SecondTalon wrote:Or, look at this comic. At no point does the comic break the fourth wall, despite having the appearance of a two-dimensional drawing of a woman entering a three dimensional tear in the page, and closing it behind her.


My favorite variation on this theme:
Spoiler:
Image

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Re: Do fourth wall breaks in xkcd comics have significance?

Postby eSOANEM » Fri May 25, 2012 7:38 am UTC

SchneebS wrote:In a lot of xkcd comics, I see that one frame will have no borders; technically this is breaking the fourth wall. Is there a reason?


Not it isn't. The fourth wall is broken if something/someone in universe in some way acknowledges the audience or the fact that they are fictional. Not having a frame definitely doesn't count.

The other instances you list arguably are breaches of the fourth wall (albeit ones which cannot be done in the theatre or tv so easily), but these are far less common in xkcd.
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Re: Do fourth wall breaks in xkcd comics have significance?

Postby TimelordSimone » Fri May 25, 2012 11:17 am UTC

The Order of the Stick strip where a character gets blasted through the side of the panel into the white space beyond is specifically titled At Least It Wasn't The Fourth Wall Again.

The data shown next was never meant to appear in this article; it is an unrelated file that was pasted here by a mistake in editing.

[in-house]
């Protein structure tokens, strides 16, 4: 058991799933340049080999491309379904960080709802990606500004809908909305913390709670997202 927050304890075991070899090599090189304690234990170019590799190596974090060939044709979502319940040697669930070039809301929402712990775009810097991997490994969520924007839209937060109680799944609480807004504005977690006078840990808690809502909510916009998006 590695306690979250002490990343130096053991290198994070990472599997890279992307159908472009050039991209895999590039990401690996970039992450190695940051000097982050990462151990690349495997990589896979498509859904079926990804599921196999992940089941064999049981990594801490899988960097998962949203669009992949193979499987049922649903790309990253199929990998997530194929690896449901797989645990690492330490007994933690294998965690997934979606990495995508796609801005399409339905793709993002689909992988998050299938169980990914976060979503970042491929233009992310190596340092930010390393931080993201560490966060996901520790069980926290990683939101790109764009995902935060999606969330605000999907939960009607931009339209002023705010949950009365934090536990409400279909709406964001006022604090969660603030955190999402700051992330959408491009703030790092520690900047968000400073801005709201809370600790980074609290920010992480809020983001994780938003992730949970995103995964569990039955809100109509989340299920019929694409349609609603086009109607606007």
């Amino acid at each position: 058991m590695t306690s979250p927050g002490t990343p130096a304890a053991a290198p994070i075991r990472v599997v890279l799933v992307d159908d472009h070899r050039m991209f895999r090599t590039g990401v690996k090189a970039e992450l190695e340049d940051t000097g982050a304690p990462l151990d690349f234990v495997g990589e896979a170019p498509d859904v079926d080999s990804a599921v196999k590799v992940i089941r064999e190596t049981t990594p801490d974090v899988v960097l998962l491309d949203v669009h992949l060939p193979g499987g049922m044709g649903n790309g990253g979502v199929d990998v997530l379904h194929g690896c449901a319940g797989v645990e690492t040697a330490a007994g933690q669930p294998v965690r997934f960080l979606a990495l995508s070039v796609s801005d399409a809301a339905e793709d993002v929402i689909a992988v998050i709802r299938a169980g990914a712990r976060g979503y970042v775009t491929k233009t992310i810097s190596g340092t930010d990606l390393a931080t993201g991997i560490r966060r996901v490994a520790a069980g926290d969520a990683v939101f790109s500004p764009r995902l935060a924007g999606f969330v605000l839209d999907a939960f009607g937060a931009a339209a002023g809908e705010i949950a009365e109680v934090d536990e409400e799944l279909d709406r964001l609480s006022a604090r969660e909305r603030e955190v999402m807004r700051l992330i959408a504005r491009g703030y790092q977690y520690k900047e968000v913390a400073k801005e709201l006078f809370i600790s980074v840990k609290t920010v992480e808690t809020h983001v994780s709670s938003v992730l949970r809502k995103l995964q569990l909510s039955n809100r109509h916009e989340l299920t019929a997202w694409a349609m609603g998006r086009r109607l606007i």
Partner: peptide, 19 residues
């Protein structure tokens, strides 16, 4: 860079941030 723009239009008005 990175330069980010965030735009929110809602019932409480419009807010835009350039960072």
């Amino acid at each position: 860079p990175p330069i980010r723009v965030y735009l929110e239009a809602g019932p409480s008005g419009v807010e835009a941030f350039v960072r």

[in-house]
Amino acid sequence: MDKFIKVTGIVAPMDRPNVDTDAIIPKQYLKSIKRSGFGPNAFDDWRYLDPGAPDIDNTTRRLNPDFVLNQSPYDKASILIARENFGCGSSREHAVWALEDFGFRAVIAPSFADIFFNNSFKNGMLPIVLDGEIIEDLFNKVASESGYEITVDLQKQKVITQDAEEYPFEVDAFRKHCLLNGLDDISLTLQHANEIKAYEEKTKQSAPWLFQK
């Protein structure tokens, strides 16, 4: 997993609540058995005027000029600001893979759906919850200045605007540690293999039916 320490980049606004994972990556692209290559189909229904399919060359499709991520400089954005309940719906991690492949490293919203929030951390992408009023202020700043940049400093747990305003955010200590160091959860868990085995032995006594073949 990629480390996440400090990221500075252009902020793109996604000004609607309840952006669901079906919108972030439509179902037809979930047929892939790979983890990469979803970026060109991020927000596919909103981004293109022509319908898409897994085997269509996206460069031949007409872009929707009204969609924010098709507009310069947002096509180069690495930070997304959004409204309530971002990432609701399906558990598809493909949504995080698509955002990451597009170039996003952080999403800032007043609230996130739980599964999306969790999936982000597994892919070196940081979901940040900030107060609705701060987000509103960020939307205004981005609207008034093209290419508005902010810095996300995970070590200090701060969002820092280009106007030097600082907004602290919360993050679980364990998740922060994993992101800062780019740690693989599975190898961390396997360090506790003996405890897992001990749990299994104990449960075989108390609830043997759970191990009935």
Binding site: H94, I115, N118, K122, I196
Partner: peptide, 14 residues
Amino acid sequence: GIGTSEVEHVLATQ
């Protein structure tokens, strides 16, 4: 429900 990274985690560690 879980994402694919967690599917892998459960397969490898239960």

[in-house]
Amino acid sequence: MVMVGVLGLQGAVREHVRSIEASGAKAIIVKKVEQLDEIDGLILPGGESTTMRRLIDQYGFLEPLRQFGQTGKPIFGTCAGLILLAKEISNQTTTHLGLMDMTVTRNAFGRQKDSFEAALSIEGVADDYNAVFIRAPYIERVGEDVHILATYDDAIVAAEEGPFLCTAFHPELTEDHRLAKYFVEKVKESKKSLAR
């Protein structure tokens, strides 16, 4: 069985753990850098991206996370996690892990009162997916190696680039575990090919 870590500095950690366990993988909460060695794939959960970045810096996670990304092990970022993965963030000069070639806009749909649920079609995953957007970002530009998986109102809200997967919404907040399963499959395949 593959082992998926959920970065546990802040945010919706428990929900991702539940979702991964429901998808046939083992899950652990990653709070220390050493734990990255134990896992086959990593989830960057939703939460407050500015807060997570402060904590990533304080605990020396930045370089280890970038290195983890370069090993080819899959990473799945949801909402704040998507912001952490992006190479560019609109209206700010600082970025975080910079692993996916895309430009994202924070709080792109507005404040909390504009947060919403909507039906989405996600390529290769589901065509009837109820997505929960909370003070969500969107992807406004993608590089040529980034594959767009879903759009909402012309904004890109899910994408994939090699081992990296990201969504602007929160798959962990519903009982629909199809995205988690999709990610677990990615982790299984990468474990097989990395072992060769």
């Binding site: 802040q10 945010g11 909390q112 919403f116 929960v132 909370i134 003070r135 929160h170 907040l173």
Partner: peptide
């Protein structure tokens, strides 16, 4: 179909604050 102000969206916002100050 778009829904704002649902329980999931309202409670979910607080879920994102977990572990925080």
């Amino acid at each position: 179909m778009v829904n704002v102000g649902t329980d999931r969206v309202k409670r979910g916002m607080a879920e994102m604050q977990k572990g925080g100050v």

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Re: Do fourth wall breaks in xkcd comics have significance?

Postby ConMan » Sun May 27, 2012 11:05 pm UTC

For an even better example (depending on how you see it), look at Garfield - the standard set-up for a weekday comic there is three panels, with the first and third having borders and the middle one being borderless. Why? Probably stylistic choice - the existing borders separate the panels enough that it isn't necessary to do anything to the middle panel. And at no point does this ever signify Garfield "breaking the fourth wall" (although he does occasionally address the reader, usually in the *third* panel).
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Re: Do fourth wall breaks in xkcd comics have significance?

Postby SchneebS » Tue May 29, 2012 3:57 am UTC

I know breaking the fourth wall refers to everything everyone's said, but it can be loosely used to describe alterations in the physical lines in a comic, including no lines at all.
Regardless, the question is asking if there is significance in the frames without walls, or if it's just a stylistic choice.

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Re: Do fourth wall breaks in xkcd comics have significance?

Postby ahammel » Tue May 29, 2012 4:19 am UTC

SchneebS wrote:I know breaking the fourth wall refers to everything everyone's said, but it can be loosely used to describe alterations in the physical lines in a comic, including no lines at all.

This is the first I've ever heard "fourth wall" used to mean the border of a panel of a comic strip. You're welcome to use the term that way if you like, but you're likely to confuse your audice, especially if you're discussing a work that has frequent fourth wall breaks in the [more conventional sense. You certainly confused the hell out of me.
SchneebS wrote:Regardless, the question is asking if there is significance in the frames without walls, or if it's just a stylistic choice.

It's probably of no significance aside from style. Most comic strip artists do that.